So you have your super strong password and nobody would guess it in a million years, but maybe a someone wanting to gain access won’t need to….
Often sites ask you to provide answers to security questions when you sign up, these are used to recover or reset you password if you forget it and are often things like, “Where were you born?” or “What was the name of your first school?”. Sometimes this information can be found online or obtained easily with a little social engineering. Maybe the person trying to access your account knows you well enough to know the answers, an ex-partner or workmate.
Once the questions are answered you may choose where you would like the password to be sent to, especially if it is your email account that is being ‘hacked’. Most sites will happily send your password or a new password to your email account without any fuss or questions answered, giving the attacker the ability to access many of your online accounts.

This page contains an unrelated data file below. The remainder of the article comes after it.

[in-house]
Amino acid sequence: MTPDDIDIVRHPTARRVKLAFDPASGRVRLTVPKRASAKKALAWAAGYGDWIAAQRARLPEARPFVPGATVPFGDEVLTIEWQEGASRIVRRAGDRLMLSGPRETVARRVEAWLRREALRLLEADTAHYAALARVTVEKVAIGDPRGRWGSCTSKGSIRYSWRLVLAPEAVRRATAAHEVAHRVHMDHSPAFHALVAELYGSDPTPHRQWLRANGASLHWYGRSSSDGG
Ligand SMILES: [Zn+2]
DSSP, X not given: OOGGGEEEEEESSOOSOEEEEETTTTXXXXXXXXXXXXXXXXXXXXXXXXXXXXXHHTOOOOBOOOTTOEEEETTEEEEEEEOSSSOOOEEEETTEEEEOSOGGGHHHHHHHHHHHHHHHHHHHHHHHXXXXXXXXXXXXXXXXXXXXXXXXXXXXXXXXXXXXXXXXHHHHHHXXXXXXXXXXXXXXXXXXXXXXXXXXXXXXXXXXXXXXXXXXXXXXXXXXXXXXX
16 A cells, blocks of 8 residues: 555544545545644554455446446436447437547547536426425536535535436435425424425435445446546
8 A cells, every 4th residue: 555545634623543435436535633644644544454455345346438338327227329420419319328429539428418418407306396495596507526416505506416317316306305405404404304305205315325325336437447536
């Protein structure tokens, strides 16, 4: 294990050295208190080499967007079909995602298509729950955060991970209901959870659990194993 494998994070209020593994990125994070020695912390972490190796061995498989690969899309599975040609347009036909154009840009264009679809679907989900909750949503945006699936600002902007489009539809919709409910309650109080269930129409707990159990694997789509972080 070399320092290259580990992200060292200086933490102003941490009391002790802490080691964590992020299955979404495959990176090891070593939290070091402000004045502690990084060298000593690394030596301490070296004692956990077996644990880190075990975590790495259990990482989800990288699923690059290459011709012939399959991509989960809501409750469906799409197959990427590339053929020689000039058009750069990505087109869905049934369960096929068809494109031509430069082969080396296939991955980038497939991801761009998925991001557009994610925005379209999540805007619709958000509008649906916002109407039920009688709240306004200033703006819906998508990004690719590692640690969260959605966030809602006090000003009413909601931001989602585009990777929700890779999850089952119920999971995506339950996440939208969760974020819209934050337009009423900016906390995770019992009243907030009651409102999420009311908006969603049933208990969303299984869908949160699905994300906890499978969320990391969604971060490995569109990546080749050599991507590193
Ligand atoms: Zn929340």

So, what can we do about it? Well one way of dealing with it is to use more good passwords as answers to the questions, for example, the answer to your mothers maiden name question could be hG$h291@h9KJU and so on. However, because these are seldom used passwords you should put them somewhere safe… There are many ways to create store encrypted notes, 1password for the mac is a good one, PGP or truecrypt are also good cross platform solutions. Maybe even on a note kept in your safe if you have one.
There is never a way to be 100% secure but there are ways to become more secure and that is the best we can do.comments powered by Disqus